Judith was back at school within about two weeks of her mother's death, and she says that the period after this was when a lot of the problems, that would stalk her through adult life, began.
"I went off the rails. There was no drink or drugs, luckily, if you want to use that word, but the pain was expressed in other ways. I only managed to hurt myself with myself. I had anorexia, bulimia, I was an absolute mess. My friends tried to help me."
The terrible knowledge of what became of her mother haunted Judith. "I knew that I had the same thing that my mother had and for obvious reasons that really terrified me. I wondered to myself 'did I learn to be like this from her?' Or did I inherit it, or what? And I realised, just like with hair colour or eye colour, I had inherited this problem as a physical condition. I'd seen her my whole life where I was the protector and now she was gone and I felt I had no protection. I'd spend days not being able to get out of a chair."
Music was her salvation, even in those years, she says, and in her late teens and early 20s she began performing. "I wanted to be an actress, but when I started singing my own songs people became interested. I loved classic music first and foremost. Jazz and folk music were important for me too. Music just releases serotonin in my brain, but afterwards I'd deal with the same old issues. I'd be packing out Ronnie Scott's jazz club in London, but when I got home I'd cry, then fall asleep through the strain of keeping up the pretence all day," she recalls.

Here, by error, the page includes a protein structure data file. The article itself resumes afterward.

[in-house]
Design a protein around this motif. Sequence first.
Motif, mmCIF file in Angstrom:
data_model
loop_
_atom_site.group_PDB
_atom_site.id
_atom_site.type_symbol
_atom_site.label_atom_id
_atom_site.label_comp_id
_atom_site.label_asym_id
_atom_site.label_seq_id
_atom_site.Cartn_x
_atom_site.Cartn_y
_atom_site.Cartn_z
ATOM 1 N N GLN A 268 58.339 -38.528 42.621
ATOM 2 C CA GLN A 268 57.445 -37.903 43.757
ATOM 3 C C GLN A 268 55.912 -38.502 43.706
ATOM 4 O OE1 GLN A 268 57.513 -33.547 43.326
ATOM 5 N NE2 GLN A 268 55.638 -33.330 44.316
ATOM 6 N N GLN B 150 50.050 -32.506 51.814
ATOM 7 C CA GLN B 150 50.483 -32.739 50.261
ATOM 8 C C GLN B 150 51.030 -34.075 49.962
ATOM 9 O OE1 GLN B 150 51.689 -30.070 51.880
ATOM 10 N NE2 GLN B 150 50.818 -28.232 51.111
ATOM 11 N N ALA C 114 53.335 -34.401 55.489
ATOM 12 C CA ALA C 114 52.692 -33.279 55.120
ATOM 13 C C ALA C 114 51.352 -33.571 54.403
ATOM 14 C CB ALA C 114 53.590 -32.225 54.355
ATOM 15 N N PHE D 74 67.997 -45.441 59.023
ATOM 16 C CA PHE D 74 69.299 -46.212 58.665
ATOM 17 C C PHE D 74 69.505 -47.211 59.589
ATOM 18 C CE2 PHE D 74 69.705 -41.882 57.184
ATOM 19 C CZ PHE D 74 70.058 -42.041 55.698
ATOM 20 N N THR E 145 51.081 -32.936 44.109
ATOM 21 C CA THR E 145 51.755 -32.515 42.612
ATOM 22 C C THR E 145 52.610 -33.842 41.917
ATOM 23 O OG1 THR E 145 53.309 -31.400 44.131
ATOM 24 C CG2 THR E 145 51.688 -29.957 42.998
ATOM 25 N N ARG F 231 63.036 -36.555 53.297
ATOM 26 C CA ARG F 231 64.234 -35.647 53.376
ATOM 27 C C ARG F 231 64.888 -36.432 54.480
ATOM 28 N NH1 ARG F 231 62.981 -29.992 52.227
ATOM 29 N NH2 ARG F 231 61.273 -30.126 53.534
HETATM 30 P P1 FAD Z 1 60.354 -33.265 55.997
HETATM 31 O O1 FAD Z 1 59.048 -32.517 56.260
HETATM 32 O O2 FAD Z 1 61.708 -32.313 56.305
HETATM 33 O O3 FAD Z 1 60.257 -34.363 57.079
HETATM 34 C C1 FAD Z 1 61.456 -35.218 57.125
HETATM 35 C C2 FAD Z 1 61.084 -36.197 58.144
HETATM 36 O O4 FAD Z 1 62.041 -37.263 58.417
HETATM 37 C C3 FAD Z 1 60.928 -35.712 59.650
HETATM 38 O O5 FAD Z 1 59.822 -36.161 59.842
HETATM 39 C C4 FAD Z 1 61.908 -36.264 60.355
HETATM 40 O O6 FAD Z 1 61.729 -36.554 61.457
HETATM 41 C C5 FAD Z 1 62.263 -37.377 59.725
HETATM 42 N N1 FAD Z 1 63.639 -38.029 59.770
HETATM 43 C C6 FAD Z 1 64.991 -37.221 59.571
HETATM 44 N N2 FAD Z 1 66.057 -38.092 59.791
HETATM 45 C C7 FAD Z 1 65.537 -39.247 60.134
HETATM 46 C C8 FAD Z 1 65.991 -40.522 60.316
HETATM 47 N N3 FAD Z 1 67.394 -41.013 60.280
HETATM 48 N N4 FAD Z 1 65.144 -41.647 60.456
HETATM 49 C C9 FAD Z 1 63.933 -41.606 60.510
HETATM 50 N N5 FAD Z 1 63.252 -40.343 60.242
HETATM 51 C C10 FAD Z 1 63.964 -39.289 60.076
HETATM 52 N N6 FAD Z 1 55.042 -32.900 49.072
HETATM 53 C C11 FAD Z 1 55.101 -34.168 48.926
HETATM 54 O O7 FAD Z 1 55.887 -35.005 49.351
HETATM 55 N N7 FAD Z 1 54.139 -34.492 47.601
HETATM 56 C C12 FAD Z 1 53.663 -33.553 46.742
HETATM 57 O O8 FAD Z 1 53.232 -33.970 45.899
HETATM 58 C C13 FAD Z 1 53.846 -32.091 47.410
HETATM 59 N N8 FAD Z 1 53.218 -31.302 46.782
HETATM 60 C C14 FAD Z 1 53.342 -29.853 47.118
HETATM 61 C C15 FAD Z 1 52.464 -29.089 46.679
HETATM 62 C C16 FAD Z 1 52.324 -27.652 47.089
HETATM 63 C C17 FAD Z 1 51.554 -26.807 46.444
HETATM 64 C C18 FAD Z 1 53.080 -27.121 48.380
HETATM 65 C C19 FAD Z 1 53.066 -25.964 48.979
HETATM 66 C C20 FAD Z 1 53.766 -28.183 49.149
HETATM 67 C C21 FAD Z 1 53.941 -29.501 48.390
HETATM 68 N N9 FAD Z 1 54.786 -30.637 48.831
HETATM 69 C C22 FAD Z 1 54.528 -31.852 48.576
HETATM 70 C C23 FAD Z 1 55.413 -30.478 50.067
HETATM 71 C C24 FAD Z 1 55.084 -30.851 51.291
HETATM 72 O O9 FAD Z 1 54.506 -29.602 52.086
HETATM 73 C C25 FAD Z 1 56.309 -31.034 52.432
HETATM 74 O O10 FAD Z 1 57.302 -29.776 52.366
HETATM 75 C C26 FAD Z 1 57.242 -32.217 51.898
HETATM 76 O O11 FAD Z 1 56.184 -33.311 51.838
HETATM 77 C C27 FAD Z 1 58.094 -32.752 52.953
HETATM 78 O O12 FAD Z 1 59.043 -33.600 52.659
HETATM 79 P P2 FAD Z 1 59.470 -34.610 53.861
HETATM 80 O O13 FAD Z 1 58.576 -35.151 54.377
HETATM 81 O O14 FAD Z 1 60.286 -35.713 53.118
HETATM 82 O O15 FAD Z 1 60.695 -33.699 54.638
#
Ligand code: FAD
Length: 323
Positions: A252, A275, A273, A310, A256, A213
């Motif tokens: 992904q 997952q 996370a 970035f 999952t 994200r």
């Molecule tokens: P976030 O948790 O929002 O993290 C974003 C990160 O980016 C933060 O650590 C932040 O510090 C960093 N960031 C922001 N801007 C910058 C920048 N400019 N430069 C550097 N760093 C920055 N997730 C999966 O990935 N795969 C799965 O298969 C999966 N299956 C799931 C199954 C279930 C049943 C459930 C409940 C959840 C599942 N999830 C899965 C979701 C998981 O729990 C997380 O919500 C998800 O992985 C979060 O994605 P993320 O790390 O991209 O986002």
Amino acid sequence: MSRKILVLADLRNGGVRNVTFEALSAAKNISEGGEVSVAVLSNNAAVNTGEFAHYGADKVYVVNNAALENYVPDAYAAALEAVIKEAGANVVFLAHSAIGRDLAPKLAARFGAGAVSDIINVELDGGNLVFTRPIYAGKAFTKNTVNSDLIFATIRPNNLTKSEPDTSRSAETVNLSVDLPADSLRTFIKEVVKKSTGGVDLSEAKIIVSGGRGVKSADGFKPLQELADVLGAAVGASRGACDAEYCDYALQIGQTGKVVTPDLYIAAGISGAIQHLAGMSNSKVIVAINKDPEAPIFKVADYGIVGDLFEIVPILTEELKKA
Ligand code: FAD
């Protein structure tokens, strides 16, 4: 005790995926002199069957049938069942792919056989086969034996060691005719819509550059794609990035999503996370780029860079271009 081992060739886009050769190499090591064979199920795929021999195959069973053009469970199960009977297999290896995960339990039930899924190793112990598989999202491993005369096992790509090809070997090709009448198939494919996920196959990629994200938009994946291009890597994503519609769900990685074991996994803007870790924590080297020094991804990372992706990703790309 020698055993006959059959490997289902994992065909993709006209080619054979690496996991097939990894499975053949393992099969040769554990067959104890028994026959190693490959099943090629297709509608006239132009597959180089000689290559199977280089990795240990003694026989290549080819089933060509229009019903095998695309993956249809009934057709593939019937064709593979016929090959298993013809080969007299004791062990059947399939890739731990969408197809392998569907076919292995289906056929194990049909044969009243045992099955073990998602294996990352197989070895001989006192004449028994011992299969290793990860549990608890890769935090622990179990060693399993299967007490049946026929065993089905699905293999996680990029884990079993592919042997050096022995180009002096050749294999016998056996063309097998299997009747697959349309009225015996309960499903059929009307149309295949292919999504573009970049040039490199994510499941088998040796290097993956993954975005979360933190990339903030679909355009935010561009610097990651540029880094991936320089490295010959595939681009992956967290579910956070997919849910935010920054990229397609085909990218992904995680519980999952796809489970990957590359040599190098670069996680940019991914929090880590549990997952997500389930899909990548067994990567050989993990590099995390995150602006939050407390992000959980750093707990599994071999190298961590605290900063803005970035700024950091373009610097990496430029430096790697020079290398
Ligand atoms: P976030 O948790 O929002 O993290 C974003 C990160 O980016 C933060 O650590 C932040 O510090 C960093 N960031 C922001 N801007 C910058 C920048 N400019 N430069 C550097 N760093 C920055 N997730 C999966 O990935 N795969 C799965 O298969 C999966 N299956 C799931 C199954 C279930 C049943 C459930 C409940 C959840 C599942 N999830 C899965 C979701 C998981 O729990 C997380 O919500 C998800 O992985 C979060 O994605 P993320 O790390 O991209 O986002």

Based on what she saw her mother go through, Judith did not believe that doctors in England would be able to help her at all. In her 20s she moved to the US and began performing there and getting treatment. "When you have real depression, somebody has stolen you, you have left the building and it's a slow death march," she tells me. "You walk around like a zombie. It will take every ounce of your creativity away. You have no energy and you can be very inward focused. In Britain there was, and to some extent is, a huge taboo around talking about it. In America, I just couldn't believe that people would speak openly and say, 'I have this condition.' I had never heard people speak like that and it did feel liberating." She had a thing for American men, she confesses, but all of her relationships were "terrible, just awful". And then, one day, everything changed. While playing the piano at a hotel in New York, she met the man who would be her husband - This Is Spinal Tap star and one of the voiceover geniuses behind The Simpsons - Harry Shearer.
"I was doing a four-hour marathon gig at a hotel in Chelsea Harbour," she recalls. "I was cursing the woman who hired me because I was dealing with four hours of American tourists coming up to me and asking if I knew anything from Cats. I thought 'this is my lowest point.' And there in a split second I finished a song and heard rapturous applause and saw three men; Christopher Guest, a little guy, who was a Stonehenge elf, and Harry in full Derek-Smalls-from-Spinal-Tap facial accoutrements. I rushed over and said 'I know who you are'."